Knitting (or, cooking, or some other productive activity that uses your hands) while listening to books on tape. Seriously. After a while of this you will have completed some project and completed a book. And the audio makes it feel less lonely.

Pick a once-a-week class to go to. Yoga, aerobics, art, book club, pottery, whatever appeals. This way you have something that you're doing over a period of a few months, building a skill or interest, where you're seeing other people regularly in a friendly way, but not in a way that requires any effort. It's a scheduled time, so you don't have to decide whether to go -- you just go. Maybe eventually you make a class buddy who you go have lunch with afterward, maybe not.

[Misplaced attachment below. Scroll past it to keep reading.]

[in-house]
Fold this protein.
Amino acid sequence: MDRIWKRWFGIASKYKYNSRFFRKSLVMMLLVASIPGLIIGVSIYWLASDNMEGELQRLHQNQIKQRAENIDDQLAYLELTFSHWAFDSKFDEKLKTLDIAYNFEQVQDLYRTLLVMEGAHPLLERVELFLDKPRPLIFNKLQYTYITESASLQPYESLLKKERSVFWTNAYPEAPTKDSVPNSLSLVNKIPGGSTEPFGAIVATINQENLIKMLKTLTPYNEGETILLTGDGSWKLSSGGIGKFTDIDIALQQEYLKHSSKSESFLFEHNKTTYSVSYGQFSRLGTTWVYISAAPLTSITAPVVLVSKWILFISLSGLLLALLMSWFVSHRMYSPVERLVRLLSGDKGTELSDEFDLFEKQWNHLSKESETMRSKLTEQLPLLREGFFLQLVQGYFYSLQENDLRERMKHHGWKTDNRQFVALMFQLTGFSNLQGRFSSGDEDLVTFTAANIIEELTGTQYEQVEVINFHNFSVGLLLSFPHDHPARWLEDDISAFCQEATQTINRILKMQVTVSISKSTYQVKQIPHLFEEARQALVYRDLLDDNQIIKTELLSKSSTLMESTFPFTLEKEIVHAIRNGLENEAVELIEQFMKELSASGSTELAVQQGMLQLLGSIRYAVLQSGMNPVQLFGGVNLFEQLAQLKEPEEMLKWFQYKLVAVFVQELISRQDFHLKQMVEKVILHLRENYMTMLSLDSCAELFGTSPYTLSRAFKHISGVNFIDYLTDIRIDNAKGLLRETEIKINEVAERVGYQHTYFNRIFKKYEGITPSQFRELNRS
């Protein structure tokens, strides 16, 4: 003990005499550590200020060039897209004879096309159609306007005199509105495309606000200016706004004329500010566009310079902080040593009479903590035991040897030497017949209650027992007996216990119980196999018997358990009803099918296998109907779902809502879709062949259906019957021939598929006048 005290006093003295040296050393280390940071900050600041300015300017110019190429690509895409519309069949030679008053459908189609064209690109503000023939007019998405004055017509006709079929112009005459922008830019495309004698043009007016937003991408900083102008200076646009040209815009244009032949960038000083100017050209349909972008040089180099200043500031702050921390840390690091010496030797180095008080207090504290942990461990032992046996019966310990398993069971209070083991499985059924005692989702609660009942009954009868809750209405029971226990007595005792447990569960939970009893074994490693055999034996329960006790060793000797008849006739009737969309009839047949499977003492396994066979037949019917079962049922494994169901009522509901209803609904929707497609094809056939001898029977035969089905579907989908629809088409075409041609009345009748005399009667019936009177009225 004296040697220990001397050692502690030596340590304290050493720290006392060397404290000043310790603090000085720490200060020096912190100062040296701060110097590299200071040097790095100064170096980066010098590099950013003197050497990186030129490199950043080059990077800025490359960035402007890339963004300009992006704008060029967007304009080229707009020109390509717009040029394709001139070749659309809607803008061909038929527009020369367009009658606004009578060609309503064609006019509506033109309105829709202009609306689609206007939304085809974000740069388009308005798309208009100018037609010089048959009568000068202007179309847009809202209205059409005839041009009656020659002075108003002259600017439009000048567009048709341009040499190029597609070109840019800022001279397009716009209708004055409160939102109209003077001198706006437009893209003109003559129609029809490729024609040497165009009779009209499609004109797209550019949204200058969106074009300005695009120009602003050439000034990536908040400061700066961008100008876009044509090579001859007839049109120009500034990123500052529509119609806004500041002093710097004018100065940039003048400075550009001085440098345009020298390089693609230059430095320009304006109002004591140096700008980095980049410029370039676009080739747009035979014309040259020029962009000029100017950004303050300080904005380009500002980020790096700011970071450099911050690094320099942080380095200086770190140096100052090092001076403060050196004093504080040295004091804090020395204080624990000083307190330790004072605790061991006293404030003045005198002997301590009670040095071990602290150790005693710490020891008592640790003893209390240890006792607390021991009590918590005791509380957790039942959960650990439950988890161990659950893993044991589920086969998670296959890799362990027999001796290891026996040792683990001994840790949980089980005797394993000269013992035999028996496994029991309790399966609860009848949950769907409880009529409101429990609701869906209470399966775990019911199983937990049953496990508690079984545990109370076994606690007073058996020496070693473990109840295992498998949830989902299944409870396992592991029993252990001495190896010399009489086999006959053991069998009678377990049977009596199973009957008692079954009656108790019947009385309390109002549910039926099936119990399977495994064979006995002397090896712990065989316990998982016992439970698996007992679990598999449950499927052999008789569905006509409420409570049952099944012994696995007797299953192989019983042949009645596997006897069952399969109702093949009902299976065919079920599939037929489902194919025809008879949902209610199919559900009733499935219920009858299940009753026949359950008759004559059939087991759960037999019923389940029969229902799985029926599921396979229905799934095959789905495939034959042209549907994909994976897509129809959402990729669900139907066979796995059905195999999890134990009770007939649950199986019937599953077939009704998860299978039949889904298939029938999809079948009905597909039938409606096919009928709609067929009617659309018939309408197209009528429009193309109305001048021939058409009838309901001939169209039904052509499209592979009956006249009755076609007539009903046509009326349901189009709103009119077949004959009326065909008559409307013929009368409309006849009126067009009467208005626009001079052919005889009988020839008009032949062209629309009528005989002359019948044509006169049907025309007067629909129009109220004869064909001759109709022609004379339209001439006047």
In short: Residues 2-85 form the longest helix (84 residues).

posted by LobsterMitten at 12:06 PM on September 11, 2007

That is: People are saying "do what you want to do at the moment".... but if you find you often don't really know what you want to be doing at a given time, it's good to have one or two default activities. Knitting, reading, cooking, gardening, writing real letters, etc can be that default. (Internet surfing can, too, but often that ends up feeling kind of unsatisfying if it's all you do all the time)
posted by LobsterMitten at 12:08 PM on September 11, 2007

« Older Is Iphone insurance worth it?   |   Help me help my roommate's cat Newer »
This thread is closed to new comments.